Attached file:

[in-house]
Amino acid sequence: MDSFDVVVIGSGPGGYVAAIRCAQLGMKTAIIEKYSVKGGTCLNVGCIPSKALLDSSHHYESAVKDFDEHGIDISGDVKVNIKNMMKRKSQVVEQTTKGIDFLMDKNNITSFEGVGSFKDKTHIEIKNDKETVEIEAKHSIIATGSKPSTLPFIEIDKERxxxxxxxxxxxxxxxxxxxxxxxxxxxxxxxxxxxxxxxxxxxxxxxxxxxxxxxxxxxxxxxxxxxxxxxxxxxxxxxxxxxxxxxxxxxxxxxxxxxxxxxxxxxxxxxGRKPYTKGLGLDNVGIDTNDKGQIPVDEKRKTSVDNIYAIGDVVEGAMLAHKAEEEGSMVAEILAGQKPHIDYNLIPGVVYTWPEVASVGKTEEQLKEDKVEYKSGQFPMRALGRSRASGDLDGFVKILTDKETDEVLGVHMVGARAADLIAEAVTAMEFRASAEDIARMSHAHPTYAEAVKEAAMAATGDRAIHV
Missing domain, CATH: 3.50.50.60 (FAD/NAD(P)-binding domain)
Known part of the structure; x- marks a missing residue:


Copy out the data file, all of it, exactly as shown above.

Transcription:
[in-house]
Amino acid sequence: MDSFDVVVIGSGPGGYVAAIRCAQLGMKTAIIEKYSVKGGTCLNVGCIPSKALLDSSHHYESAVKDFDEHGIDISGDVKVNIKNMMKRKSQVVEQTTKGIDFLMDKNNITSFEGVGSFKDKTHIEIKNDKETVEIEAKHSIIATGSKPSTLPFIEIDKERxxxxxxxxxxxxxxxxxxxxxxxxxxxxxxxxxxxxxxxxxxxxxxxxxxxxxxxxxxxxxxxxxxxxxxxxxxxxxxxxxxxxxxxxxxxxxxxxxxxxxxxxxxxxxxxGRKPYTKGLGLDNVGIDTNDKGQIPVDEKRKTSVDNIYAIGDVVEGAMLAHKAEEEGSMVAEILAGQKPHIDYNLIPGVVYTWPEVASVGKTEEQLKEDKVEYKSGQFPMRALGRSRASGDLDGFVKILTDKETDEVLGVHMVGARAADLIAEAVTAMEFRASAEDIARMSHAHPTYAEAVKEAAMAATGDRAIHV
Missing domain, CATH: 3.50.50.60 (FAD/NAD(P)-binding domain)
Known part of the structure; x- marks a missing residue: